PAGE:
Loon, a subsidiary of Alphabet that offers a novel approach to internet connectivity, has announced that its internet balloons have been approved to fly in Kenya.
The Loon USP is to take the essential components of a cell tower and made them light enough and durable enough to operate at 20kms above Earth. By moving with the wind, Loon balloons can be arranged into small clusters to provide periods of prolonged connectivity in a defined area. The balloons act as floating cell towers, transmitting a provider’s service directly to a subscriber’s LTE handset below. Loon’s balloons are designed to last for hundreds of days.
All of which sounds ideal, except that permissions to operate above a country are critical to Loon’s ability to extend internet access to rural and remote populations that lack adequate mobile internet service.
The Kenyan government has now given formal approval for Loon’s balloons to operate in the stratosphere above the country. Balloons being dispatched to Kenya are expected to arrive in a few weeks for final network testing
This means dispatching existing airborne balloons, as well as preparing new ones to launch from Loon launch sites in the United States, and navigating them to Kenya on the stratospheric winds 20km above Earth.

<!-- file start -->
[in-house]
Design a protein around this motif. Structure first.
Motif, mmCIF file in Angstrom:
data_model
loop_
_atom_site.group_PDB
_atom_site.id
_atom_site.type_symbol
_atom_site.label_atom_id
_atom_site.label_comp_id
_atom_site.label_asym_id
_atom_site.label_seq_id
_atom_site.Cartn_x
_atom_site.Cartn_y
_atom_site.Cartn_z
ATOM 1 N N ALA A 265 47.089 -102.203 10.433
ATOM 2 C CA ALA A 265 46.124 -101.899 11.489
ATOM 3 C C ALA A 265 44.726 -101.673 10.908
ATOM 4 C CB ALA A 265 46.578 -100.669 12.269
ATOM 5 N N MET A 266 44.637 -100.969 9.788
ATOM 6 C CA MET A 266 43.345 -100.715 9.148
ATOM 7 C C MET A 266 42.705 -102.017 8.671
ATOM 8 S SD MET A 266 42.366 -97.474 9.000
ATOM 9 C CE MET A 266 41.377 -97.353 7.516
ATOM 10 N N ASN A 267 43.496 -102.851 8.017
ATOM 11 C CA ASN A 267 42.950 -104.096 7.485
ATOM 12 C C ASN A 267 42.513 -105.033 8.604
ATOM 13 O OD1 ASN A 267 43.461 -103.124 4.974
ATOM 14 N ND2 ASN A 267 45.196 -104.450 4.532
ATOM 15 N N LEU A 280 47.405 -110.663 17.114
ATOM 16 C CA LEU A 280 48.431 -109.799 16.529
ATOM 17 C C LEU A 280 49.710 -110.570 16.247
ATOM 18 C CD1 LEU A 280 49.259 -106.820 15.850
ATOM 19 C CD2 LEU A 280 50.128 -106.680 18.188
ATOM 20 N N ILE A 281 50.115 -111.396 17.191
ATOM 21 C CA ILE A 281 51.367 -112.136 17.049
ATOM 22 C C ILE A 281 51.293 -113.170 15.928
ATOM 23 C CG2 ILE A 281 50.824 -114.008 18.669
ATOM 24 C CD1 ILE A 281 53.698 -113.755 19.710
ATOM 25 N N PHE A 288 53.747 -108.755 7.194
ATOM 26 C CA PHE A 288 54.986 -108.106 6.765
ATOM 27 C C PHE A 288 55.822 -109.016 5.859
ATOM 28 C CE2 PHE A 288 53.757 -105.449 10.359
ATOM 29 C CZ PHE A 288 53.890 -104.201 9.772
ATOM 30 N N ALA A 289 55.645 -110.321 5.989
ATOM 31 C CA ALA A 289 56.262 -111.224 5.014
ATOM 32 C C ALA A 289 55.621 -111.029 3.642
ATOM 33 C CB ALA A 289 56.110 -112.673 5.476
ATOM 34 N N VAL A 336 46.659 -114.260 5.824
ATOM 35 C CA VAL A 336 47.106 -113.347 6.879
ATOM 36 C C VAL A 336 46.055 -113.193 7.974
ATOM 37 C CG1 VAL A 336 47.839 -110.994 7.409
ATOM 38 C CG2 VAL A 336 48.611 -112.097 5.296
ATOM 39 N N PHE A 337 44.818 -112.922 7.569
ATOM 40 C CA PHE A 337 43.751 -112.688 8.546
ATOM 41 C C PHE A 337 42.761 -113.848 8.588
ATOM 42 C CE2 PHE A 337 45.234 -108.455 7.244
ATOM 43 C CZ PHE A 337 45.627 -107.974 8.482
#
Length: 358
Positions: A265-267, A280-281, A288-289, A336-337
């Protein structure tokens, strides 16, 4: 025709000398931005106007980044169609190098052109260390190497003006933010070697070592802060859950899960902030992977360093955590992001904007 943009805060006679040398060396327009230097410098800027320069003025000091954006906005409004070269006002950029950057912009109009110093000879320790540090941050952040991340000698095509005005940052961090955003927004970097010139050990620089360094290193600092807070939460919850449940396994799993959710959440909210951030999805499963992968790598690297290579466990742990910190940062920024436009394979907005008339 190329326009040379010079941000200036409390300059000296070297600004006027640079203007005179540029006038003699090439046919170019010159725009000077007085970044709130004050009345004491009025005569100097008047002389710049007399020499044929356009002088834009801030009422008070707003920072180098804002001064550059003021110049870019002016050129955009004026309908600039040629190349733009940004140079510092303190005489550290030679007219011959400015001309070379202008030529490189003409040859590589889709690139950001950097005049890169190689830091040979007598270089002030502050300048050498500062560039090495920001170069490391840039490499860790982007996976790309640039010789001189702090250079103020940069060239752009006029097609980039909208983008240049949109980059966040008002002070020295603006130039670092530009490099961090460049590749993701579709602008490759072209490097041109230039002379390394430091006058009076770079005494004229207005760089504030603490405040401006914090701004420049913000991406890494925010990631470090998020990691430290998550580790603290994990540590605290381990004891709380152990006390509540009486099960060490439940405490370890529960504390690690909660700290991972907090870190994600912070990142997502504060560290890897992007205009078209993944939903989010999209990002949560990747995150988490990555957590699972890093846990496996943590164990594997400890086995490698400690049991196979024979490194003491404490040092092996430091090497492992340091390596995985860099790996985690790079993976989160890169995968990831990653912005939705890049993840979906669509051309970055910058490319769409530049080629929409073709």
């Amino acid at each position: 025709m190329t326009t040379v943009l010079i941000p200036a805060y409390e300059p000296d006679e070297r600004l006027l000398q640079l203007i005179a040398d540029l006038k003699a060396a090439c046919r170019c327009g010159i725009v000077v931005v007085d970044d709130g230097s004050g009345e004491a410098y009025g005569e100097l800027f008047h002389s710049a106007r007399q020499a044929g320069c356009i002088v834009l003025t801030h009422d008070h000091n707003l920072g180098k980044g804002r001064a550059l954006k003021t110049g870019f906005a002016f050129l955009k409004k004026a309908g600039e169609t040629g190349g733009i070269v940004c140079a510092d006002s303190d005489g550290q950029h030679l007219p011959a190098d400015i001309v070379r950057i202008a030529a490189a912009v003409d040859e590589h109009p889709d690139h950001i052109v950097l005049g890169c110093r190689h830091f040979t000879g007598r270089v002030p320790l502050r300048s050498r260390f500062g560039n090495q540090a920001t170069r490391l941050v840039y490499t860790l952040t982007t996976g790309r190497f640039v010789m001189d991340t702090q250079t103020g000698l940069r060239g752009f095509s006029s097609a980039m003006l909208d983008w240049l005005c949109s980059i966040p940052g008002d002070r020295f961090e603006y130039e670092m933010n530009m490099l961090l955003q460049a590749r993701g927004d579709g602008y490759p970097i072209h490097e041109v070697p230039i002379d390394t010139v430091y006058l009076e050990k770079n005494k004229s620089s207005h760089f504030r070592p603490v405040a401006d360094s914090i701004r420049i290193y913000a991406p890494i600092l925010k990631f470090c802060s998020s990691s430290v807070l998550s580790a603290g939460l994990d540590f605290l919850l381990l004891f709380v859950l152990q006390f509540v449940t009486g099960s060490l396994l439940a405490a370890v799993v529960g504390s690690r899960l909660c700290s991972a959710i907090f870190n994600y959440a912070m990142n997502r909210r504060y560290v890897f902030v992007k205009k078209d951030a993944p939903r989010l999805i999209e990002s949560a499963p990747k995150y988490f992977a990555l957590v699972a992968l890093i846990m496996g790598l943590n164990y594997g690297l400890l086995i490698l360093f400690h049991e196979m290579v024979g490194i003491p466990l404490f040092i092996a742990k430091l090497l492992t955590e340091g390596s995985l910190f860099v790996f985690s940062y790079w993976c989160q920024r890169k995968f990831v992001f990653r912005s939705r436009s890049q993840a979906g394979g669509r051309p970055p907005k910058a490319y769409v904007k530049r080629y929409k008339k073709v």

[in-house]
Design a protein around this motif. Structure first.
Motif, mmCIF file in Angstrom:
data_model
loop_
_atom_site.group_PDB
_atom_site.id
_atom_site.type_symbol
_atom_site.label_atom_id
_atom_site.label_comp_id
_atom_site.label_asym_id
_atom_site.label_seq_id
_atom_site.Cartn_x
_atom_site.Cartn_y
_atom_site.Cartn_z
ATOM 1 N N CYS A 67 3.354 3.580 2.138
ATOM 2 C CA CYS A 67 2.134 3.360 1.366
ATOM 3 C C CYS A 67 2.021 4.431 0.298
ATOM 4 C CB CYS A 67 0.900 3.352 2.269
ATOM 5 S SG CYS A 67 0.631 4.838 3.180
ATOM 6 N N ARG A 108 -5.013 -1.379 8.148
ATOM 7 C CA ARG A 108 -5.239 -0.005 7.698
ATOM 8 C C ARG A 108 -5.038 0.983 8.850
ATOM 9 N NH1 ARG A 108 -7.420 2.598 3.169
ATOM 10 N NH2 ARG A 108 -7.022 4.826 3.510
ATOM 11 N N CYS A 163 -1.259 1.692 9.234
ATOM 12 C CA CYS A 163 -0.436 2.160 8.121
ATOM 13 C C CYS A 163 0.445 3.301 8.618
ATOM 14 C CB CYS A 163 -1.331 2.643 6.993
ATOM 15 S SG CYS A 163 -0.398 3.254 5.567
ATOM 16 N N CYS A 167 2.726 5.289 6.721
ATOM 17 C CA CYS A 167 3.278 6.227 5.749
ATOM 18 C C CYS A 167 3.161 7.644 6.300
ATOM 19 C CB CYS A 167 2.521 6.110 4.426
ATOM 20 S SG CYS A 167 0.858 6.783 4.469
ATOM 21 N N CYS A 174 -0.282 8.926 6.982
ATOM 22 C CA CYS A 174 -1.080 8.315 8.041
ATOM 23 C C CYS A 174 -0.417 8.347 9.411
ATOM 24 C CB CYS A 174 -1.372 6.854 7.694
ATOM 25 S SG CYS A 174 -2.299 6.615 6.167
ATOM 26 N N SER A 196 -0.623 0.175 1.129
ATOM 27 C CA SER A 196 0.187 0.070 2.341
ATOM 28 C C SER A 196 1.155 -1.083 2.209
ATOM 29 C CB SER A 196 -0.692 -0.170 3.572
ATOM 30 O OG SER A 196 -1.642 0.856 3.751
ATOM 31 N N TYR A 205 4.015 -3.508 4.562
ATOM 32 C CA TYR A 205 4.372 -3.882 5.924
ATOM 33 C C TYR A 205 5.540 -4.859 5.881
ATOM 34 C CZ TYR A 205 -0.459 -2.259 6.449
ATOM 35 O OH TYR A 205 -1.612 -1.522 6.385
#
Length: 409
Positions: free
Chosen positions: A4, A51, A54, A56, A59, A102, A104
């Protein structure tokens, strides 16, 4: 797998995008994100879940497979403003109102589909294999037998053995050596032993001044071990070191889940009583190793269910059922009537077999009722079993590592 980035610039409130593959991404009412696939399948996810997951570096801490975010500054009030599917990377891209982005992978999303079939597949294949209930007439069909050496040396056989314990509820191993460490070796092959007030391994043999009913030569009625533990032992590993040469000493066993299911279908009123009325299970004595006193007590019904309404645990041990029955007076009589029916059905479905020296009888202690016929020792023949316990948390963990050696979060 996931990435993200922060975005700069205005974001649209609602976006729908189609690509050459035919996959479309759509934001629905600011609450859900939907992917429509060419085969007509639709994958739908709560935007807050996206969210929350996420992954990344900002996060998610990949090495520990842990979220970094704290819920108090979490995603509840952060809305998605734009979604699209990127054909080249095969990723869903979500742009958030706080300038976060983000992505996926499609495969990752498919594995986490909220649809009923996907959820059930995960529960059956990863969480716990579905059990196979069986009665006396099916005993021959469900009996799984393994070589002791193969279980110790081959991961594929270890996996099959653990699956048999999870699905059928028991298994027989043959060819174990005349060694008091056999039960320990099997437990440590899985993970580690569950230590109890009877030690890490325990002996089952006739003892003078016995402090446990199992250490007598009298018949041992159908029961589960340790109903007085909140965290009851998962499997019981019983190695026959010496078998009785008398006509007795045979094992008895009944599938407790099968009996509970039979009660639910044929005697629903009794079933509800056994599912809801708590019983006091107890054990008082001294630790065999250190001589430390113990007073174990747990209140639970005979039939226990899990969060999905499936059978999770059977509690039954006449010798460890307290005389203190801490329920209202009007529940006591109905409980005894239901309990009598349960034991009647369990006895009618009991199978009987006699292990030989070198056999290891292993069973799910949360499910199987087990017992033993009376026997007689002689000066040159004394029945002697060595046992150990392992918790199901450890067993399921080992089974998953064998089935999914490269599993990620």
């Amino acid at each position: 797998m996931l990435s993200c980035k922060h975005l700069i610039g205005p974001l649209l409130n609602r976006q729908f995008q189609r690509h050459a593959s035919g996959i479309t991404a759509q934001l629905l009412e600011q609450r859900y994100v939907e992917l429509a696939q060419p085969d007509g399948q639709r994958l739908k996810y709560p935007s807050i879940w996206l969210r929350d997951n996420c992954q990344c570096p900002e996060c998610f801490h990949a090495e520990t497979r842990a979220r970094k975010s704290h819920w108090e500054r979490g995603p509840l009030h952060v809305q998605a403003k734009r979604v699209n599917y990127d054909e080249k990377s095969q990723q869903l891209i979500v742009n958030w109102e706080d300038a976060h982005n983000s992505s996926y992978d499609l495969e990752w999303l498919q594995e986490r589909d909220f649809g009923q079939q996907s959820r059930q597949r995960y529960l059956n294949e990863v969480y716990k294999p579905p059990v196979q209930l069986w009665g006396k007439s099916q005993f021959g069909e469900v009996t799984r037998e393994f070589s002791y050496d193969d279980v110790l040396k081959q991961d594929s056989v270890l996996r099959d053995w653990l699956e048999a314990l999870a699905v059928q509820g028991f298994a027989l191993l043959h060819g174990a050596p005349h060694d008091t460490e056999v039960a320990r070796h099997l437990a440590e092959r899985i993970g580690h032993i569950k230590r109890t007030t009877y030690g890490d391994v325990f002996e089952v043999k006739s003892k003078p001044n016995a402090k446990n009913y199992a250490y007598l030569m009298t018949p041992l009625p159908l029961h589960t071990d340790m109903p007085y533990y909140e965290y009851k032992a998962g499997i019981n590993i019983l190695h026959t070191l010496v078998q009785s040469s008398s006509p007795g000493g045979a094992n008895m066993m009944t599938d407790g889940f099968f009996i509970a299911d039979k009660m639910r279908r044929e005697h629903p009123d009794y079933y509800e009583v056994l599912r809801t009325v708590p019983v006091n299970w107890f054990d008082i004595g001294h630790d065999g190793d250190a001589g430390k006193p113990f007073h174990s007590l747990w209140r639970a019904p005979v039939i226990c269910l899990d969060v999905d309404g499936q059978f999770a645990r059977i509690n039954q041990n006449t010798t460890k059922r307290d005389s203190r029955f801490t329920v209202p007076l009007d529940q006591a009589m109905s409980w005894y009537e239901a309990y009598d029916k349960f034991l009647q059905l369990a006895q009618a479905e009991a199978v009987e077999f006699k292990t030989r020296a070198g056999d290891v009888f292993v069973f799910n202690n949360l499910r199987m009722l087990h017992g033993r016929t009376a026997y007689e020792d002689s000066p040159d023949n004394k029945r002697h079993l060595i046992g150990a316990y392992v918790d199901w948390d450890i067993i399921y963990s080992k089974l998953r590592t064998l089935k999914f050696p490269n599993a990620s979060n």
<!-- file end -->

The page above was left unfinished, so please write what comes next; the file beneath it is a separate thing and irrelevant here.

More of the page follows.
Once the balloons are in place, Loon will conduct the final stages of network integration testing with local partner Telkom Kenya. Following that, it will be able to begin providing service to Kenyans. Initial coverage areas will include the larger central area of the country, with a focus on mountainous and remote areas. Loon and Telkom have also worked with Nokia and Liquid Telecom to install ground stations in Nairobi, Nakuru and Nyeri.
Loon says its deployment in Kenya has been in the works since it signed a contract with Telkom Kenya in July 2018. Since then, it has been collaborating with both Telkom and the government to prepare for these operations.